How I'd grow Daymind

April 15, 2020

Daymind is a Chrome extension that helps you train creativity.

You will get a challenging prompt every day, designed to improve your ability to come up with new ideas.

The goal is to make creativity a lasting habit, and you should start noticing benefits after a few weeks.

But who is it for? Potentially everyone. This is a challenge; the website ends up speaking to no one. My advice would be niching down.

Find the people who could benefit the most from the app, and position the product for them without worrying about others.

Select the 5 most important audiences, and create individual landing pages that are 100% relevant to them.

In this case, Daymind would be really useful for people who make a living out of their creative skills: writers, artists, musicians, etc.

This will also help with monetization. Right now the product is free, but this isn’t a non profit so that’ll need to change soon.

In my experience, people pay easily if a product is targeted just at them, instead of at the general public. The perceived value is higher.

The main risk: people could get bored and uninstall the product. That’s why I’d use gamification to prevent churn.

For example, I’d implement a public leaderboard. Once a user wins a few days in a row, their competitive spirit won’t let them break the streak!

Another cool feature would be seeing your friends’ prompt fills, and commenting on them.

This could also be a powerful referral mechanism. If one or two friends are already using a product, I’d be a lot more inclined to use it too.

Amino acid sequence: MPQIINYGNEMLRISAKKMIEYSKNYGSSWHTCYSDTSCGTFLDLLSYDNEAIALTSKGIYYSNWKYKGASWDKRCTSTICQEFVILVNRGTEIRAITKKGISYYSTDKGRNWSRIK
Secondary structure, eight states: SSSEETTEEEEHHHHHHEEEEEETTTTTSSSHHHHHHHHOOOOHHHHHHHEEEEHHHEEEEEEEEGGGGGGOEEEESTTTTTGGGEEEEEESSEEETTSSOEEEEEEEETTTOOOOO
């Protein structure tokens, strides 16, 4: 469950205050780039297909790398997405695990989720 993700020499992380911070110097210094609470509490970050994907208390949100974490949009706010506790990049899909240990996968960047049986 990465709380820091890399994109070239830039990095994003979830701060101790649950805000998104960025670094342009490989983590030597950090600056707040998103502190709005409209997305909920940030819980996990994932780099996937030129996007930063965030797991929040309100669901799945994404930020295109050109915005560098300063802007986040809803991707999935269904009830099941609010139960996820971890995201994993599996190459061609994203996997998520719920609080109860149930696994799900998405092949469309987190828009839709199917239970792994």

I’d extend gamification to social media too, Twitter in particular.

How about a weekly challenge (with a dedicated hashtag) that rewards the most original responses?

It would be a great way to stimulate word of mouth. Adding prizes would move it even farther.

SEO is hard when you have a new product because no one is actively searching for it. So, what do you do in these cases?

My opinion: go for broader terms that have similar search intents. In this case, Daymind could optimize for “brain training app”.

Since this is an extension, they can also optimize for the Chrome web store.

They should use keywords in the title and description, and add high-quality images. Then monitor other ranking factors outside their control like ratings, number of downloads, etc.

Being unique has its advantages too. E.g. they could pitch to websites already ranking on Google for review terms like “best brain training apps”.

Since there are no other apps like Daymind, they could easily get a spot, and quality referral traffic with intent.

This also works as a link building strategy. They can add the first link from a popular site to their pitch as social proof.

People look for context before making the decision to link to you. If they see you’ve already been featured, your chances will be much higher.

When you don’t have many commercial keywords to target, you need to double-down on informational keywords. They don’t convert as well, but they have higher search volume.

To find ideas always start with your audience. What would someone who’d use Daymind search for?

There’s definitely room for community promotion. Time to make good use of those dedicated landing pages I suggested before!

Let’s take writers as an example. Would they be interested in a way to enhance their creativity and overcome writer’s block? Of course!

Pro tip: self-promoting while adding value is hard. The best way to get attention is with storytelling.

People love to read real stuff.

What’s the personal story behind the project? How did they come up with the idea? What product benefits have they personally experienced?

An idea I’d consider for the future is a phone app: using push notifications to prompt users to commit 1x a day.

A phone app would help Daymind reach more people, and increase monetization opportunities through in-app purchases.

Learn marketing from case studies

Every month I pick a new website and write a marketing case study explaining exactly how I’d grow it